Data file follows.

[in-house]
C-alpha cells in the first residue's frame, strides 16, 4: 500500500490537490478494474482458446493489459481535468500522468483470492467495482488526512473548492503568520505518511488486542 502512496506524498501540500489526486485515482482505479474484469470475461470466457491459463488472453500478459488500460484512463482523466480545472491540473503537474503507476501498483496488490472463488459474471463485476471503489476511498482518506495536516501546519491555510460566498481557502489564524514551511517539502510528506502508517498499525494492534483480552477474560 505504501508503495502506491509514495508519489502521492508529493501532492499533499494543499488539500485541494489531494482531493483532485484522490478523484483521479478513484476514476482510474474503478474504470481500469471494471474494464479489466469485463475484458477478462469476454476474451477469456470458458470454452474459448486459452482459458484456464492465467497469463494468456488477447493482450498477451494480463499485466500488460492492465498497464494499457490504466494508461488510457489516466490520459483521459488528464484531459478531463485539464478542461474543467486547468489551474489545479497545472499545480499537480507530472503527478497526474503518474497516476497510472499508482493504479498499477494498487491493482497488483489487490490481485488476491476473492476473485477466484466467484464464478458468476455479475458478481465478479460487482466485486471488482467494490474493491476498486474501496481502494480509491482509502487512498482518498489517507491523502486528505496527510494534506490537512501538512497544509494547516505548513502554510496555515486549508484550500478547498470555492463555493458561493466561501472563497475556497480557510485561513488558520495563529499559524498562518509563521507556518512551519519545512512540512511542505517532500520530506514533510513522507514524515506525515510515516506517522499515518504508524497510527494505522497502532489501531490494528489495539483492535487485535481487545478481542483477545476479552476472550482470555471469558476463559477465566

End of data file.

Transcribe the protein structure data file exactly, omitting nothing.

[in-house]
C-alpha cells in the first residue's frame, strides 16, 4: 500500500490537490478494474482458446493489459481535468500522468483470492467495482488526512473548492503568520505518511488486542 502512496506524498501540500489526486485515482482505479474484469470475461470466457491459463488472453500478459488500460484512463482523466480545472491540473503537474503507476501498483496488490472463488459474471463485476471503489476511498482518506495536516501546519491555510460566498481557502489564524514551511517539502510528506502508517498499525494492534483480552477474560 505504501508503495502506491509514495508519489502521492508529493501532492499533499494543499488539500485541494489531494482531493483532485484522490478523484483521479478513484476514476482510474474503478474504470481500469471494471474494464479489466469485463475484458477478462469476454476474451477469456470458458470454452474459448486459452482459458484456464492465467497469463494468456488477447493482450498477451494480463499485466500488460492492465498497464494499457490504466494508461488510457489516466490520459483521459488528464484531459478531463485539464478542461474543467486547468489551474489545479497545472499545480499537480507530472503527478497526474503518474497516476497510472499508482493504479498499477494498487491493482497488483489487490490481485488476491476473492476473485477466484466467484464464478458468476455479475458478481465478479460487482466485486471488482467494490474493491476498486474501496481502494480509491482509502487512498482518498489517507491523502486528505496527510494534506490537512501538512497544509494547516505548513502554510496555515486549508484550500478547498470555492463555493458561493466561501472563497475556497480557510485561513488558520495563529499559524498562518509563521507556518512551519519545512512540512511542505517532500520530506514533510513522507514524515506525515510515516506517522499515518504508524497510527494505522497502532489501531490494528489495539483492535487485535481487545478481542483477545476479552476472550482470555471469558476463559477465566